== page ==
Luggage Repair

You’ll recall that I went to Switzerland and then Italy this past winter break. When I arrived in Switzerland, I noticed that one of the latches of my Samsonite suitcase had been broken in transit (this was only the third time that this suitcase had been used!). The other latch was fine, but I didn’t want to rely on that one latch to keep the suitcase closed. So, after packing for the return trip I wrapped some heavy tape around the suitcase.

On 8 March 2009, while in Florida, I got the suitcase repaired. I went with my parents to the Miromar Outlets in Estero; there, we went to a Samsonite dealer and asked his advice. Should we buy a strap to go around the suitcase?

Since the suitcase was still under warranty, the dealer’s advice was to pay a visit to Frank, a master luggage repairman who works in the area. So we went to the Kwik Shoe & Luggage Repair shop. Frank took the suitcase and was all business; without saying too much, he immediately set to work. After a quick examination, he muttered “I see what the problem is…,” and then replaced the broken latch. (It is possible that he also replaced the other latch too, although from my naive perspective I wouldn’t know why this would be necessary.) After the suitcase was repaired, he took our name, address, and phone number, and entered this information into a computer database. And that was it — since the suitcase was still under warranty, there was no charge. I had been worrying that we’d have to produce the original receipt for purchasing the suitcase, because that receipt has long been lost.

We went back to the car and stowed the newly repaired suitcase into the trunk. As we’re buckling our seatbelts, ready to go, we turn to one another and wonder, “Shouldn’t we tip him?” A debate ensued regarding the magnitude of the tip. Someone said only one dollar, which I thought was way too low. I pulled a five dollar bill out of my wallet (“Make sure he sees you giving the tip!”, someone said, with a chuckle) and went back into Frank’s shop, where he was already busy with the next customer. I dropped the bill into his tip jar. Without looking up from his work, he said “Thank you”, as I stepped out the door.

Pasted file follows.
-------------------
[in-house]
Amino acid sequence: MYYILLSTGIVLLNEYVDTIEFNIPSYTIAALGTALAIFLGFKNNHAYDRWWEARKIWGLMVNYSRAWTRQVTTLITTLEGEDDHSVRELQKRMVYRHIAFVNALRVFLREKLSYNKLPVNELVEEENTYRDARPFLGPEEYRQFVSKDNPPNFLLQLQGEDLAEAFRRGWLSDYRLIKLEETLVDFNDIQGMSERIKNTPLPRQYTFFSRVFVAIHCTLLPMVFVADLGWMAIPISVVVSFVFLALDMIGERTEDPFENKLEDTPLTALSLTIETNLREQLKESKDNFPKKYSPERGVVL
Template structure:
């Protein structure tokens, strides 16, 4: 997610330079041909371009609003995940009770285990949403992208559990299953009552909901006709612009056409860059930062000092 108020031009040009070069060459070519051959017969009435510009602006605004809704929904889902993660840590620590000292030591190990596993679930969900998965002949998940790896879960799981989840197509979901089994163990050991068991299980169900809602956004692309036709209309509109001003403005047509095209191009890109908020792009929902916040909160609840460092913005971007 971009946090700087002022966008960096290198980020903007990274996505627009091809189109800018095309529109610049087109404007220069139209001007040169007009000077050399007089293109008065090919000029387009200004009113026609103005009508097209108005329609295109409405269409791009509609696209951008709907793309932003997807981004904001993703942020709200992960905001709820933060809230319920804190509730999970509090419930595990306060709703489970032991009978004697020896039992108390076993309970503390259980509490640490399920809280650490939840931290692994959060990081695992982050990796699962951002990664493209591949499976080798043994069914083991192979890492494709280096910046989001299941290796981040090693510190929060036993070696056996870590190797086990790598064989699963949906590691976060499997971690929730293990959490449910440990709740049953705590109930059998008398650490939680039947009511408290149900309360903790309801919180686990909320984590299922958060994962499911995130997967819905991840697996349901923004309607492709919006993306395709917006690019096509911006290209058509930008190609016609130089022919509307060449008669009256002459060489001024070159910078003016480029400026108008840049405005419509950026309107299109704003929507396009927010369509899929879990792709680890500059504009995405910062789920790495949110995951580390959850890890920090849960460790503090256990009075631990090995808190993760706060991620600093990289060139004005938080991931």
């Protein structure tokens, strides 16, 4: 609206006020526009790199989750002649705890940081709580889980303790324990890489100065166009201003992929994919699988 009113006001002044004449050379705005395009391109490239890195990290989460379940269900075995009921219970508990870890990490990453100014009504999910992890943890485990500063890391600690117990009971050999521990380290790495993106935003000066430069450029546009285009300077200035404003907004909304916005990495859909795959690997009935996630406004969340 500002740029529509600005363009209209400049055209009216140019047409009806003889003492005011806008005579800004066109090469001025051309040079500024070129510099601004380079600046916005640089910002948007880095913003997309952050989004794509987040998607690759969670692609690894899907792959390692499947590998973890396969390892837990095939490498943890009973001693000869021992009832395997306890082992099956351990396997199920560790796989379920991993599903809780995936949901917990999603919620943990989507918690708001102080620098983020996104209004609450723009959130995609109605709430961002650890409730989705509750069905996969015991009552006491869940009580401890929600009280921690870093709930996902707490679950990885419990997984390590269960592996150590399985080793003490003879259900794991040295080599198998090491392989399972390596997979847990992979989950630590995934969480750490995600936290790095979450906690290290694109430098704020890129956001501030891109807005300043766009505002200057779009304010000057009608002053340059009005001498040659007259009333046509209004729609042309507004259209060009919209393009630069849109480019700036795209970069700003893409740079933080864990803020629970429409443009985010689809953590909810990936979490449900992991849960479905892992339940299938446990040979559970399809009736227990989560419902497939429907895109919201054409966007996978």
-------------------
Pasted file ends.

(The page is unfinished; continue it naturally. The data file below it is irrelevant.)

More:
A plaque on Frank’s wall indicated that he’s a member of the International Luggage Repair Association. This suggests a whole world, a subculture, a mode of thought, that I’m not familiar with. One wonders what are the workings of the ILRA. How many members does it have? Do they have a newsletter? Do they hold annual meetings?

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Published in: on 18 March 2009 at 6:43 am  Comments (4)  
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4 CommentsLeave a comment

  1. Im learning a lot from the site. Keep up the great work. Thanks for the great posts.

  2. Thanks very much!
    🙂

    M.

  3. […] may be a reference to my real suitcase. The night before, in what we consider waking life, I had lent it to a friend who needed it to go […]

  4. […] may be a reference to my real suitcase. The night before, in what we consider waking life, I had lent it to a friend who needed it to go […]


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